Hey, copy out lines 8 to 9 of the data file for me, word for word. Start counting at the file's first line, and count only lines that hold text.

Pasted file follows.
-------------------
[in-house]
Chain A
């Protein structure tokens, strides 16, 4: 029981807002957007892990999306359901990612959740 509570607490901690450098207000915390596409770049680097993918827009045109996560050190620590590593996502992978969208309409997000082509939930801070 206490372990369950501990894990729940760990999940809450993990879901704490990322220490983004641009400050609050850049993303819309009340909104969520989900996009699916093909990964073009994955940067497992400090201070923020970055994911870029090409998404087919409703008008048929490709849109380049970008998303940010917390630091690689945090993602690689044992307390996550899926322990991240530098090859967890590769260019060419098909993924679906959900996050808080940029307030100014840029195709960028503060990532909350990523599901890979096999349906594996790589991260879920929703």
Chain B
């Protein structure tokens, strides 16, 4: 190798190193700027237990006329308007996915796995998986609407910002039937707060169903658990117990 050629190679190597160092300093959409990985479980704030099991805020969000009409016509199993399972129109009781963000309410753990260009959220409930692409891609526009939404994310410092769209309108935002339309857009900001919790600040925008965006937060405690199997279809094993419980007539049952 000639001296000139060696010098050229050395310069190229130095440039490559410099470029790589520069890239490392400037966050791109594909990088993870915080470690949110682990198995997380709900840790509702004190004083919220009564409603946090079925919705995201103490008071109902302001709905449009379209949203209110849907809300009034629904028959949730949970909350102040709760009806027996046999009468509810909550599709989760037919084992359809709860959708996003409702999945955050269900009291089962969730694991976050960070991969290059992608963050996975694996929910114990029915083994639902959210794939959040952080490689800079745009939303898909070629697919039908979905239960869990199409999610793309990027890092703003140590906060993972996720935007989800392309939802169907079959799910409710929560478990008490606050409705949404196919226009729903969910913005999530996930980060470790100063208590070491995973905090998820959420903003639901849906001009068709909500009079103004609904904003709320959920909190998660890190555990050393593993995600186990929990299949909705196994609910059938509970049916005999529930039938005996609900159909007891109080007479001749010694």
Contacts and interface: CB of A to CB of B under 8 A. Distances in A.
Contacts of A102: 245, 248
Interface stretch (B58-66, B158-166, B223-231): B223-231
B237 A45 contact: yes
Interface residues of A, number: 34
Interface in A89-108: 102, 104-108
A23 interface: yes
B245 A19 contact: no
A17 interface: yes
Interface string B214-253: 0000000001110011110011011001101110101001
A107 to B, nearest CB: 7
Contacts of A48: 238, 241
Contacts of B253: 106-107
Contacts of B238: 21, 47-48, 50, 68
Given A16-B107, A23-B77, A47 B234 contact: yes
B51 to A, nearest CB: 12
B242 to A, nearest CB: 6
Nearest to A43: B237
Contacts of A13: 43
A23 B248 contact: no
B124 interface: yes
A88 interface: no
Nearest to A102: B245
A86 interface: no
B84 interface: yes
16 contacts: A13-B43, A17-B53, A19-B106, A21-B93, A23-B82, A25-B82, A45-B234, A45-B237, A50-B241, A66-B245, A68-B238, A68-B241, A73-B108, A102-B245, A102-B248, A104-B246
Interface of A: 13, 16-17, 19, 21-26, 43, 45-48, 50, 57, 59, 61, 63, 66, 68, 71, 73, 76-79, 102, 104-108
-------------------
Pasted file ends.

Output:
Interface stretch (B58-66, B158-166, B223-231): B223-231
B237 A45 contact: yes